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Ibogaine in the Treatment of Heroin Withdrawal (2001)

Ibogaine in the Treatment of Heroin Withdrawal (2001)

  1. Jatelka
    The Alkaloids. Chemistry and biology, 2001, Vol.56, pp.155-71

    Mash, D C ; Kovera, C A ; Pablo, J ; Tyndale, R ; Ervin, F R ; Kamlet, J D ; Hearn, W L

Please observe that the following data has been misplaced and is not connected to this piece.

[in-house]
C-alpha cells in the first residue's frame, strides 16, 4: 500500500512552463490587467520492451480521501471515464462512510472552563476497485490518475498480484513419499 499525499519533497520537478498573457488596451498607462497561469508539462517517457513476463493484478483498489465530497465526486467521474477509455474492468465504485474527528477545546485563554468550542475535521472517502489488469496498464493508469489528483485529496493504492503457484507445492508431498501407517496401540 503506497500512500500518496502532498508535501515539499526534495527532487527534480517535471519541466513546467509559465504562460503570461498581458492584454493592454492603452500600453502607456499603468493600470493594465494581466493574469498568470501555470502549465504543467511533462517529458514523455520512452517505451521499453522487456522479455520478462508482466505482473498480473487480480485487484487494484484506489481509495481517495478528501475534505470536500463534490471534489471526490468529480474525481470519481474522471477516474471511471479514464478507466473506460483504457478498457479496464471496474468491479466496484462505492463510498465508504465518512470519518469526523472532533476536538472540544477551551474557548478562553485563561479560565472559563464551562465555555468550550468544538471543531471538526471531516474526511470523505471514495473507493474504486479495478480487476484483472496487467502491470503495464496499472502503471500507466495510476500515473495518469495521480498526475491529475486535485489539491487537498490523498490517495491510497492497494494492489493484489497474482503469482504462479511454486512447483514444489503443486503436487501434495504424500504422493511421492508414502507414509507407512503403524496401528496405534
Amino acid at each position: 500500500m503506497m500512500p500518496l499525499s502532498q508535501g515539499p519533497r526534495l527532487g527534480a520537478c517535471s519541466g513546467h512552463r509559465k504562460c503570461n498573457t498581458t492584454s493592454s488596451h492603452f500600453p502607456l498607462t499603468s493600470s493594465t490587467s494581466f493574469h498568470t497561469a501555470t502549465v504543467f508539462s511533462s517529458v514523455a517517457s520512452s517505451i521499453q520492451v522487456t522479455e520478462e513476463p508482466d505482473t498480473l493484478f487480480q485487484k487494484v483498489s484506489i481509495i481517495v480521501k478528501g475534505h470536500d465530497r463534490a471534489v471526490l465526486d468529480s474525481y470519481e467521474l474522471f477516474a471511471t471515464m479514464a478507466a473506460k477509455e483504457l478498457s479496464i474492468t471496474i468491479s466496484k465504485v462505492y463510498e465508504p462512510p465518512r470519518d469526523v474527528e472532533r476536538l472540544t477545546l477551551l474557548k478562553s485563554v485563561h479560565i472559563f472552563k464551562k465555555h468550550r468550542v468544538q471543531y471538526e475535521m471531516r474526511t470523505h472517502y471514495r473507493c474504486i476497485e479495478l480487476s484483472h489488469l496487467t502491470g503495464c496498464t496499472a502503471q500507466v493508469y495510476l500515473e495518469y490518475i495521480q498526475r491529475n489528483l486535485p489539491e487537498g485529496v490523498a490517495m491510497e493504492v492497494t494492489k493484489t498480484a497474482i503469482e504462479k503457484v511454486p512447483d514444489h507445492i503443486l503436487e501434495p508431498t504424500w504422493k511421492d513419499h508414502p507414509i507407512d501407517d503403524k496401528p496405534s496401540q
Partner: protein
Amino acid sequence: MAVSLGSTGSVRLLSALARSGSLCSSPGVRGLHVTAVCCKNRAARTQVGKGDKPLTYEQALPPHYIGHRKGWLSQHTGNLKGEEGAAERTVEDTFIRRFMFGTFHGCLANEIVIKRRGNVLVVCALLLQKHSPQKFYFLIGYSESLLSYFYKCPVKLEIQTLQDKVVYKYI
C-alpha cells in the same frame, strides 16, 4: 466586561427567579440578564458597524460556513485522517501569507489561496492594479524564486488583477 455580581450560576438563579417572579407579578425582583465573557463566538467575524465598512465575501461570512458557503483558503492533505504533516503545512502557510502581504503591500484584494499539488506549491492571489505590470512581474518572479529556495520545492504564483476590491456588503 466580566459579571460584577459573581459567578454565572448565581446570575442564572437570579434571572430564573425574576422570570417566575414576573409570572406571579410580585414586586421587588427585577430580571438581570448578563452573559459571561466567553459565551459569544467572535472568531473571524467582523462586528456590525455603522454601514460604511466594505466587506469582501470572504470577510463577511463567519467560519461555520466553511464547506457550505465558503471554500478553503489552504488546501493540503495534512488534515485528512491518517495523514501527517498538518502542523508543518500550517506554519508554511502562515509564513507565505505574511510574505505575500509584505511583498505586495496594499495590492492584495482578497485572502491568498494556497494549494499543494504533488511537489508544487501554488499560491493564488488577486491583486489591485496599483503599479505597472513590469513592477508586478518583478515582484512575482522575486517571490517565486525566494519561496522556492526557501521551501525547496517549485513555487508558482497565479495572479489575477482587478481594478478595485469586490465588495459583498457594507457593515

Ibogaine, is a naturally occurring, psychoactive indole alkaloid derived from the roots of the rain forest shrub Tabernanthe iboga. Indigenous peoples of Western Africa use ibogaine in low doses to combat fatigue, hunger, and thirst, and in higher doses as a sacrament in religious rituals (1). The use of ibogaine for the treatment of drug dependence has been based on anecdotal reports from groups of self-treating addicts that the drug blocked opiate withdrawal and reduced craving for opiates and other illicit drugs for extended time periods (2-4). Preclinical studies have supported these claims and provided proof-of-concept in morphine-dependent rats (5,6). While ibogaine has diverse CNS effects, the pharmacological targets underlying the physiological and psychological actions of ibogaine in general, or its effects on opiate withdrawal in particular, are not fully understood. Pharmacological treatments for heroin addiction currently employ two treatment strategies: detoxification followed by drug-free abstinence or maintenance treatment with an opioid agonist. Because agonist maintenance with methadone usually has the goal of eventual detoxification to a drug-free state, the use of medications to facilitate this transition is a clinically important treatment strategy. Anecdotal reports suggest that ibogaine has promise as an alternative medication approach for making this transition (4). Ibogaine has an added benefit to other detoxification strategies in that the treatment experience seems to bolster the patient’s own motivational resources for change.